Teacher of the Month: Ms. Flynn

Teacher of the Month: Ms. Flynn

AP English Language is known to be a difficult course. The AP College Board states that, “Students nurture their understanding of writing and rhetorical arguments through reading, analyzing, and writing texts as they explore topics like rhetorical situation, claim and evidence, reasoning and organization, and style.”

There is a lot happening in this course, but a good teacher will not only improve your writing and analyzing skills, but also help you do well in the class. Our very own AP English Language teacher was voted by fellow teachers at Towson High School to be Teacher of the Month of February!

Ms. Flynn was kind enough to fit me into her busy schedule. She opened up to me about her background, her story, her inspirations, and her most valuable lessons and memories…

From the early age of 9 years old, Ms. Flynn decided she wanted to be a teacher. She went through the rest of her teenage years with the thought that she would be a teacher when she finally got out of school. But, right when she got out of college, she was offered the opportunity to work in England as a writer. She took this opportunity and was a writer for 25 years. Her most typical topics of her writing were articles from when she would interview teachers. This made her feel close to her dream of being a teacher.

There was never a bland moment in her life, until she was mugged and tore ligaments in both knees. Ms. Flynn ended up having to get double knee surgery, which gave her a lot of time to think. During this “thinking” time, she came to the realization that writing about teaching and teaching are not the same thing. This experience opened her eyes as well; she became aware of the fact that the more she pushed off being a teacher, the farther her chances of actually being one because tomorrow is never guaranteed.

Therefore, once recovered, she left her company and came back to the US to follow her dreams of becoming a teacher.

Throughout her 8 years of teaching, her favorite part has been hearing the different stories of students that walk through her door. While growing up, she had an appreciation for teachers who took the time to listen to their students stories, but also be open with their students as well. These teachers have most likely been influenced by both being a teacher and a student.

While teaching, Ms. Flynn has faced many challenges and formed many memories. One of the most memorable moments for her was when she first started teaching. She was working in the ASL department at Woodlawn High School, as she was certified in special education. Frequently, the students in the ASL program were given a list of three items to find at a grocery store and some money. They would have to find the items all by themselves and pay for them with the correct amount of money. There would be kids who were good at it because they had been doing it for so long, but there was one kid who was never able to do it. Ms. Flynn could see how low his spirit was after he would get it wrong each time. Until one day they went to the grocery store with their lists and money and the kid went with no intention of getting it right. But, he did! Ms. Flynn described,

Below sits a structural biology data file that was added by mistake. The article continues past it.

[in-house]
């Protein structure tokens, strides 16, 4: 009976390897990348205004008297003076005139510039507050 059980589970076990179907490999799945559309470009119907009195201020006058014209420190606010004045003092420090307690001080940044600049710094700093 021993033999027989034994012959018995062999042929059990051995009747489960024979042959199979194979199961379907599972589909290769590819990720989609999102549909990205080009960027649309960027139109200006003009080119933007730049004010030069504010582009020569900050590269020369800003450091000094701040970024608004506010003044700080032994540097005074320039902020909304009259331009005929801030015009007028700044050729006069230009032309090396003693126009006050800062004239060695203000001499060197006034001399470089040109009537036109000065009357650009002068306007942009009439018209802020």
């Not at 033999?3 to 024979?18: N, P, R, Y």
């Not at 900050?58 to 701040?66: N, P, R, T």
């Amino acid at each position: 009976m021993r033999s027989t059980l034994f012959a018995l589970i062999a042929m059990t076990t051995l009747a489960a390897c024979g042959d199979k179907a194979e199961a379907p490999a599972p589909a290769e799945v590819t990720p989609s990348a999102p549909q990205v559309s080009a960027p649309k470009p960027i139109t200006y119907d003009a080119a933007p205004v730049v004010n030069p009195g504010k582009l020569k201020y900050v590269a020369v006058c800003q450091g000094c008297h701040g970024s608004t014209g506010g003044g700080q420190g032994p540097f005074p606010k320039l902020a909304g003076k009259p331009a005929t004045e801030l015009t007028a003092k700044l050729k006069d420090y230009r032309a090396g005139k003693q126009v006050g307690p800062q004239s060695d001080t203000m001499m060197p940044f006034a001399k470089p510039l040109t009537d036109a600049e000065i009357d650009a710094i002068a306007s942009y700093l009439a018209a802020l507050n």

“The amount of joy on his face was something that would stick with me for a lifetime.”

It’s hard to let students struggle and on occasion “face plant.” Ms. Flynn has always been a maternal teacher and person, in general. But in hard times, she always thinks of the famous quote from Frederick Douglass, “Without struggle, there is no progress.” She keeps this in her mind to remind herself that her students need to find their own way; she can only help so much.

As a teacher who has faced many obstacles, Ms. Flynn had some advice to share with people who are interested in becoming a teacher….

“People will always talk about the drawbacks of teaching, the justice, and lack of support. And, most of it is true. But it pales in comparison to all of the rewards. For example, when you get to see the immense joy on a student’s face when they get their college admission letter back or when they got a grade on the test. Teaching is not just a job, it’s an identity and it’s truly a way to make the world a better place.

Getting this opportunity to speak with Ms. Flynn truly gave me a different perspective on many things and I haven’t even had her as a teacher!

Congratulations Ms. Flynn!